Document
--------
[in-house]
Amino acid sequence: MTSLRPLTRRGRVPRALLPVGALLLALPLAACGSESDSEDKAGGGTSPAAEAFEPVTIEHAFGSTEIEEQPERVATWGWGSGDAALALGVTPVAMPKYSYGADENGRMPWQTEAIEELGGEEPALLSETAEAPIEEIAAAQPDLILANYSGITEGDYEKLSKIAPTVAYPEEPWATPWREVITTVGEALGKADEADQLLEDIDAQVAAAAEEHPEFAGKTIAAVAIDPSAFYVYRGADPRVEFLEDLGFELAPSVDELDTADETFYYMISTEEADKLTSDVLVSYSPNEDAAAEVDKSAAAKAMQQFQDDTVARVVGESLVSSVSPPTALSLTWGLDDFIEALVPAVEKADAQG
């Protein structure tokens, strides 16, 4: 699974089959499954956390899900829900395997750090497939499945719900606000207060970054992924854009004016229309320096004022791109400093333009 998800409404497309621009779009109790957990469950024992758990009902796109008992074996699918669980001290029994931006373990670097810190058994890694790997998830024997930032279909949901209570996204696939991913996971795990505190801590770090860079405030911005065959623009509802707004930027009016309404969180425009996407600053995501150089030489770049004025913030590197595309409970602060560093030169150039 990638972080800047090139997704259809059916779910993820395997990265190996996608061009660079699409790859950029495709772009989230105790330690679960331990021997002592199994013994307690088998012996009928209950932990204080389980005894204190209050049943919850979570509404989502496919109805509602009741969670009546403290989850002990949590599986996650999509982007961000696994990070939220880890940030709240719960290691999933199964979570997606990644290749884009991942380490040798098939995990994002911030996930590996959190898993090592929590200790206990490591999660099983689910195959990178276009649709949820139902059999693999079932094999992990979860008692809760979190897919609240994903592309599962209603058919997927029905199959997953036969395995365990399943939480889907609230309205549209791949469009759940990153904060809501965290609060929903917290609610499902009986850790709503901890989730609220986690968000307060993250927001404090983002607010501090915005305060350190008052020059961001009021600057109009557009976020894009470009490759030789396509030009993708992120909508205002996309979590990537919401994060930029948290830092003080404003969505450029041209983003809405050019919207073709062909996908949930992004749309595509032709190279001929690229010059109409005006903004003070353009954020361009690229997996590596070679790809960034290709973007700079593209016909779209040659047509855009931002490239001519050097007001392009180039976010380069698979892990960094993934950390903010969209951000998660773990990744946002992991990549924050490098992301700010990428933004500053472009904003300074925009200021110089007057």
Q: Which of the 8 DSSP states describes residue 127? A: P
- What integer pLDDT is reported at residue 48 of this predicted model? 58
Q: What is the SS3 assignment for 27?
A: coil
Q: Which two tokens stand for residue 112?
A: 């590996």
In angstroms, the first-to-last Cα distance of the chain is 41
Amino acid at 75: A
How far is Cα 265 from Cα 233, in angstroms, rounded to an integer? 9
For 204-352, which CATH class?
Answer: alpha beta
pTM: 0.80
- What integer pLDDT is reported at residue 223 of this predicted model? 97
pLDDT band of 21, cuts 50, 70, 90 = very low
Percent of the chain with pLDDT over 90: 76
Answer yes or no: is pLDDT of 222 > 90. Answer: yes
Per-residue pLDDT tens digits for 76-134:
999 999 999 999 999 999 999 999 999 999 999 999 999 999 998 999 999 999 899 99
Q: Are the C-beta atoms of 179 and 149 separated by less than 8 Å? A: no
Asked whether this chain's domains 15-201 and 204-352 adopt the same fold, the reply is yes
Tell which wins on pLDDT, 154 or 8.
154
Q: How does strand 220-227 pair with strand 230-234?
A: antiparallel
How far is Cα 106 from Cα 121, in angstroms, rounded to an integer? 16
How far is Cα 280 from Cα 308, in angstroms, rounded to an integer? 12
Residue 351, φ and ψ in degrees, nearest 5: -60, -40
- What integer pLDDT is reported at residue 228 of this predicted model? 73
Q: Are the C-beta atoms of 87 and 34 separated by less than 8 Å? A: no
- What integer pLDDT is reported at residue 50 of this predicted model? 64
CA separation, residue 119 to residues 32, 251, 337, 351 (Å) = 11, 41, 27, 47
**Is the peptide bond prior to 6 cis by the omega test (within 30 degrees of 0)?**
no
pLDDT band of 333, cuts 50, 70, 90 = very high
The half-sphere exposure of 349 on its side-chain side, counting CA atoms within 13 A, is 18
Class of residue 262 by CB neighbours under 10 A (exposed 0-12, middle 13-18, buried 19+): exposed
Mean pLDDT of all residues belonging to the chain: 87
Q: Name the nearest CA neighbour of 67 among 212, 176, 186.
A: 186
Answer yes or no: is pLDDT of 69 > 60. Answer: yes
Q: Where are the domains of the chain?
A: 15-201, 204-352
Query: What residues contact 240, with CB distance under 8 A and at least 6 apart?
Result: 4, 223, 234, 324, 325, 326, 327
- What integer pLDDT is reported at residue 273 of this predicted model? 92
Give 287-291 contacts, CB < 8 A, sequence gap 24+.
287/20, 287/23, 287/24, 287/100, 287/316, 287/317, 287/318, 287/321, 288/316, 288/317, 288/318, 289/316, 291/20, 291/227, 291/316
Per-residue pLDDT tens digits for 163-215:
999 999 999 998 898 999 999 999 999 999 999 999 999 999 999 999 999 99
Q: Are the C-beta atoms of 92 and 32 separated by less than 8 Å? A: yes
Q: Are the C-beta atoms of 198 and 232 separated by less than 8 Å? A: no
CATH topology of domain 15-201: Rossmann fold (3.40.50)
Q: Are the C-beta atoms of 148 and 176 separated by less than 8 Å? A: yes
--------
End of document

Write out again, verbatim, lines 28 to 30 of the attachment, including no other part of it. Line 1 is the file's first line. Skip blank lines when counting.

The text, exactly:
How far is Cα 106 from Cα 121, in angstroms, rounded to an integer? 16
How far is Cα 280 from Cα 308, in angstroms, rounded to an integer? 12
Residue 351, φ and ψ in degrees, nearest 5: -60, -40